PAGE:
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Making Sex Untouchable

Abby's picture

* This draft is rather incomplete.  I'm hoping to add more as I continue working... 


Abigail Sayre

Intro to Critical Fem. Studies

Anne Dalke



                Considering the saturation of my home country with all things explicit it’s a wonder that sex is so sterile.  Pornography isn’t so much a dirty little secret anymore.  We grow up aware of it, accepting it.  We have it thrown in our faces every time we click the wrong icon on our computer screen, every time we pass a “normal” magazine counter.  And yet, as “in-your-face” as the contemporary porn industry (a multi billion dollar one at that) is, the majority of the population, the very ones being smothered by pornography’s ruthless presence, are blind to its obvious crimes.  How does it happen that one incidence of rape reported in the news can inspire shock, outrage and disgust while thousands and thousands of documented rapes are labeled “sex” and sold for mass consumption?  Why is one woman’s battered face on channel 6 a horror to be shuddered at and another woman’s filmed abuse a stimulant for sexual arousal?  Why is one image to be condemned and another to be worshipped?

                My head swims with questions like this every fucking day.  Every time I drive by the ADULT PEEPS AND NOVELTIES store on Tilghman St. near my hometown.  Every time I hear of another friend’s experience with sexual assault, sexual harassment or rape.  It’s not really difficult for me to see the connection between prostitution, pornography and violence against women in every day life.  It hardly surprises me that at the same time widespread acceptance of pornography occurred so did domestic abuse.  Do I think sex itself is dangerous, that too much of it leads to a disturbing over abundance of energy and rapture causing orgies of bloodshed and tyranny?  No, I don’t.  But I do not think that sex, whether for pleasure, for procreation, within the bounds of marriage or outside of it is so sacred that it should be exempt from critique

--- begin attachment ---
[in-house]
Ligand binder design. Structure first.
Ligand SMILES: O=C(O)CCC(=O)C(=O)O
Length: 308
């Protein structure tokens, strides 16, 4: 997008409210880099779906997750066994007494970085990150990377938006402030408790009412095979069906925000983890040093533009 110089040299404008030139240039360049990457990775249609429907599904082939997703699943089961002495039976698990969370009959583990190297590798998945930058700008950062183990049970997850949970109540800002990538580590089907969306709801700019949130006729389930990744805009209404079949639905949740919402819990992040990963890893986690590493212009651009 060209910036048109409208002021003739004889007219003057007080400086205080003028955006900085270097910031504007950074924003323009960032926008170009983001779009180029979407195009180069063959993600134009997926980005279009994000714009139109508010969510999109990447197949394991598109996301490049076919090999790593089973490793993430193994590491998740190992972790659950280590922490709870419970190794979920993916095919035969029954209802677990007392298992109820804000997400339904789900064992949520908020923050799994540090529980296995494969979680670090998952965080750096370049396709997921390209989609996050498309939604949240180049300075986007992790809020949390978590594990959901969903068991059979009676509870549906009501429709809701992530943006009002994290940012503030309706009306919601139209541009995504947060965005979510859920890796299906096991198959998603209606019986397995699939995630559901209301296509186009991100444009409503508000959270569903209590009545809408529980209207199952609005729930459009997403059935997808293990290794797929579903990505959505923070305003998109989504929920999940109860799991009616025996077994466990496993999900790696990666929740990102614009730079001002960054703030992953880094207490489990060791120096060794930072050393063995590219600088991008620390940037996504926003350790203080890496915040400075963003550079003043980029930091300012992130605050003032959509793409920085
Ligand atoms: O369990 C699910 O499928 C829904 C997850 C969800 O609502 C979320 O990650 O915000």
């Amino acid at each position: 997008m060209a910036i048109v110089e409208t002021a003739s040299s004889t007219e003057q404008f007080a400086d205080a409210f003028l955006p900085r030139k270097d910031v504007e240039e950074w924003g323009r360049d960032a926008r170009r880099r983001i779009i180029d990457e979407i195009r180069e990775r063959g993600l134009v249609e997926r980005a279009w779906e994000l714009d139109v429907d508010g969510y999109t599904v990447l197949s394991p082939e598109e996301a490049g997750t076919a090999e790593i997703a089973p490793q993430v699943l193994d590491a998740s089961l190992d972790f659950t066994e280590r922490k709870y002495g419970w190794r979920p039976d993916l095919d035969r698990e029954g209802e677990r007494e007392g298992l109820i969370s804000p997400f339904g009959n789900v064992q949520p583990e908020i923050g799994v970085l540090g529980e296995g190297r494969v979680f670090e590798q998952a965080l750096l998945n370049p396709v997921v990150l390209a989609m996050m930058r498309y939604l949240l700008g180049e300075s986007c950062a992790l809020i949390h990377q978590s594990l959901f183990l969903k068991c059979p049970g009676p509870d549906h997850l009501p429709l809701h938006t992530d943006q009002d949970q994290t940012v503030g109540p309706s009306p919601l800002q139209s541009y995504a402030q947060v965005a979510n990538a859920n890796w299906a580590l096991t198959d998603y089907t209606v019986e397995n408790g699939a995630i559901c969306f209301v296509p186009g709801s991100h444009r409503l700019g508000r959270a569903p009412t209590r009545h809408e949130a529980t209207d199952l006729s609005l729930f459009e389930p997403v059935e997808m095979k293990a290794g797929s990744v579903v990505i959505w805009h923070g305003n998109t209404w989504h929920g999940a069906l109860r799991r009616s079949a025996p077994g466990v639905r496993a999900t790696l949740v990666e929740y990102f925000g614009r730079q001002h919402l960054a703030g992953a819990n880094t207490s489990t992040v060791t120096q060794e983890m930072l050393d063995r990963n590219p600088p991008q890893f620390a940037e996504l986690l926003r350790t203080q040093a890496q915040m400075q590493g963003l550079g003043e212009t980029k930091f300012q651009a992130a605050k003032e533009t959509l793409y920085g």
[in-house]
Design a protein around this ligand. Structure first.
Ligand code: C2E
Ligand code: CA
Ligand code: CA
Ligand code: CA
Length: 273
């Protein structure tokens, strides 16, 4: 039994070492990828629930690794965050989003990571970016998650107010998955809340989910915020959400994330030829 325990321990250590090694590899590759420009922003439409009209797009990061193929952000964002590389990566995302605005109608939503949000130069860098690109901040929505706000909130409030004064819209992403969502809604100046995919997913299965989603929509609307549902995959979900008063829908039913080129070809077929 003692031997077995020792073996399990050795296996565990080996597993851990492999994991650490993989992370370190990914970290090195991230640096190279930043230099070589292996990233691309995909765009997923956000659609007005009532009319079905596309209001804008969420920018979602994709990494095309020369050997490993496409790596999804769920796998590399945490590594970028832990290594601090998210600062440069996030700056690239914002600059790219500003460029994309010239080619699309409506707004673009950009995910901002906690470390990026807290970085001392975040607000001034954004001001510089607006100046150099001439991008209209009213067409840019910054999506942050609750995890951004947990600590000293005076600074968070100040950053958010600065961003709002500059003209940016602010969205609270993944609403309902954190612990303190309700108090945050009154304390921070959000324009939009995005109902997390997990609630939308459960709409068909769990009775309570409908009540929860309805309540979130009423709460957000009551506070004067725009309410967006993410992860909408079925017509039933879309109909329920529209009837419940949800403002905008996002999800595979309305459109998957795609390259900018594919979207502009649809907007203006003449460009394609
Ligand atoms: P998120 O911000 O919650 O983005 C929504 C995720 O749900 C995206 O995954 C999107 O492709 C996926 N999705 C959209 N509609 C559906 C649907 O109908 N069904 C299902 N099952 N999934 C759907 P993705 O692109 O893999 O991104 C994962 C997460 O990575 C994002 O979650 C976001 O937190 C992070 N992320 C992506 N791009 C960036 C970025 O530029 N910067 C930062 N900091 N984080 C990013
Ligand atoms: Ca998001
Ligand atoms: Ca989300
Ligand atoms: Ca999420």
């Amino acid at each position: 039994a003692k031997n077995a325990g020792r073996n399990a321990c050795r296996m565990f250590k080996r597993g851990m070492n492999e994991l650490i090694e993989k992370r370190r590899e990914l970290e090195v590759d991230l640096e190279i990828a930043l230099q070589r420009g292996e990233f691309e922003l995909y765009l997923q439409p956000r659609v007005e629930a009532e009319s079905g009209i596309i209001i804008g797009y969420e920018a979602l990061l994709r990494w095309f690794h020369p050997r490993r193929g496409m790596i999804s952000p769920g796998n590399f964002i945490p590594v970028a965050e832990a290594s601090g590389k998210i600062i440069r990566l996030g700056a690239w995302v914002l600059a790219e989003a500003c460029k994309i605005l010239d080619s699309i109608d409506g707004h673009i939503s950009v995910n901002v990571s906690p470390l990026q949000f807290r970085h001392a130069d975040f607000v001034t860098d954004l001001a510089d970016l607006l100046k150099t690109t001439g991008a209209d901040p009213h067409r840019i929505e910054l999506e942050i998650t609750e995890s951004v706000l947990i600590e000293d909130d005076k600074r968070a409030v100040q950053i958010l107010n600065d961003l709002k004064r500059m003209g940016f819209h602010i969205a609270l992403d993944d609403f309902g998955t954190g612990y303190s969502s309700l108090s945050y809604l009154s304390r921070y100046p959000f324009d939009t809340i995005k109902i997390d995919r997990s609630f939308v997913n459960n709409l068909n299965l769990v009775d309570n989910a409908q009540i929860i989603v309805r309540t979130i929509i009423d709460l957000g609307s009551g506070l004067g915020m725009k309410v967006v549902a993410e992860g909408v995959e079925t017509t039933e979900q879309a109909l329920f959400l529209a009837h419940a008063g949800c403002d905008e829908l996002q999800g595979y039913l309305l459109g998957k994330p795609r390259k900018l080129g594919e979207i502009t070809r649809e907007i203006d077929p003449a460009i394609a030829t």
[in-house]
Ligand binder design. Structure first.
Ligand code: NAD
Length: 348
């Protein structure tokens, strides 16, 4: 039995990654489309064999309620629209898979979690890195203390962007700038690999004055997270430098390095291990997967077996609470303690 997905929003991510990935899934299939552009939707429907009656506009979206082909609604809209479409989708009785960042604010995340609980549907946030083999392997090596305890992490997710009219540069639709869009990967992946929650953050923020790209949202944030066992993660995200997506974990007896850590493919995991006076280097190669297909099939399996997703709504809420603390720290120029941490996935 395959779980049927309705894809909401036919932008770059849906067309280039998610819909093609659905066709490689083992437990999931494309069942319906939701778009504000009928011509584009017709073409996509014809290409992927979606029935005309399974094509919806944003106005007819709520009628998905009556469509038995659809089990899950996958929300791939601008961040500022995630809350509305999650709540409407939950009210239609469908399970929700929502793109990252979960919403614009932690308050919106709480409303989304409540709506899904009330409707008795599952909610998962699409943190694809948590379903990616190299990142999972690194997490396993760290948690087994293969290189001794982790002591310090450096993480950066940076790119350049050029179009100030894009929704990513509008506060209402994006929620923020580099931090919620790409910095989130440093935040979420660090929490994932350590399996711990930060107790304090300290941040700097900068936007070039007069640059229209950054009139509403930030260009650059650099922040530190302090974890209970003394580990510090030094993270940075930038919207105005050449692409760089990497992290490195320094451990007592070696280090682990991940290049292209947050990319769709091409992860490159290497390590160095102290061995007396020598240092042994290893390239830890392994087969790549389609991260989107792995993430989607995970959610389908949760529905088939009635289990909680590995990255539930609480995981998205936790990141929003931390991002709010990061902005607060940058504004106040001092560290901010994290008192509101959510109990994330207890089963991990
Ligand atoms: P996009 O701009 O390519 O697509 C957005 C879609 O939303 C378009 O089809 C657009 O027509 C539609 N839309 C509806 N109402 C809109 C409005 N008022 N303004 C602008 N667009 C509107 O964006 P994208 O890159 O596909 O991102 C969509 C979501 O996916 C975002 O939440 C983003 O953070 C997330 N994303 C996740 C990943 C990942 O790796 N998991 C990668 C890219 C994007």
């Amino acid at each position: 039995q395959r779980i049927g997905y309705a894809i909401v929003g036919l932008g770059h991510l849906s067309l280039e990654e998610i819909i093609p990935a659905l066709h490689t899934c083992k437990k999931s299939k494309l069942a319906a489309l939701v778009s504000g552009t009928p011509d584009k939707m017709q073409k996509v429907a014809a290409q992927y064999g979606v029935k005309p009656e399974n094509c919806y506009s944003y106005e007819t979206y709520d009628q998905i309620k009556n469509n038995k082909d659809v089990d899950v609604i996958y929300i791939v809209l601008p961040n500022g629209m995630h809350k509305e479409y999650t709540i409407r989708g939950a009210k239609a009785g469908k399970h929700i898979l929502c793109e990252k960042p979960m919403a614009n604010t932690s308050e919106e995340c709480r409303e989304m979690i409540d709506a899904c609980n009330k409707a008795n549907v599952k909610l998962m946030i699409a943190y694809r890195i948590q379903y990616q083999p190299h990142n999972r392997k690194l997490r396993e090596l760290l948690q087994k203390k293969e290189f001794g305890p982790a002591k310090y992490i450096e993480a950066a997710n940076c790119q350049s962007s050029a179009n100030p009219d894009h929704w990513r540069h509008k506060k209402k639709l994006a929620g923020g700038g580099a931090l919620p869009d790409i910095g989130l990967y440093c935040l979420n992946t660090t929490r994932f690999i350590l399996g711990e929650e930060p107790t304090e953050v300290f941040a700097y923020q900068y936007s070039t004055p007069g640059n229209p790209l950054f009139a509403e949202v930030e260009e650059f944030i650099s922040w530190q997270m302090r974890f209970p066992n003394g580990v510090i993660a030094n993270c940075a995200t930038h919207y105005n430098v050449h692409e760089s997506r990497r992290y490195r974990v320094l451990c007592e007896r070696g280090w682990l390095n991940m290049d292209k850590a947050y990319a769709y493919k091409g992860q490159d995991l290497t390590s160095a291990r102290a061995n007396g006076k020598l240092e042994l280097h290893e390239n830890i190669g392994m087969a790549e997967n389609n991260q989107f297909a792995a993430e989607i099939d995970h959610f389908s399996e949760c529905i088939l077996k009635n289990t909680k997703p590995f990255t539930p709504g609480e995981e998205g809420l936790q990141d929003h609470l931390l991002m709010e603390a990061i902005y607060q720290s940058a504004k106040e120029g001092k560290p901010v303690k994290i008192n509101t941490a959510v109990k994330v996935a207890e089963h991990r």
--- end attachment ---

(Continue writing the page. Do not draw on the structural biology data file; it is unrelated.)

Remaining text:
My question for pro-pornography feminists:  Why is pleasure so unquestionable?  What makes an orgasm worth more than someone’s life?  Why should we never have to question our desires, especially if those desires are of a violent nature?  In reclaiming the importance of the body, in asserting our right to pleasure are we not held accountable for where our pleasure leads?  I just don’t get it.  Why have we turned exploitation into a religion, porn stores into houses of worship, late night video watching into masturbatory prayers?  Why is the doctrine of sex-as-commodity so beyond criticism?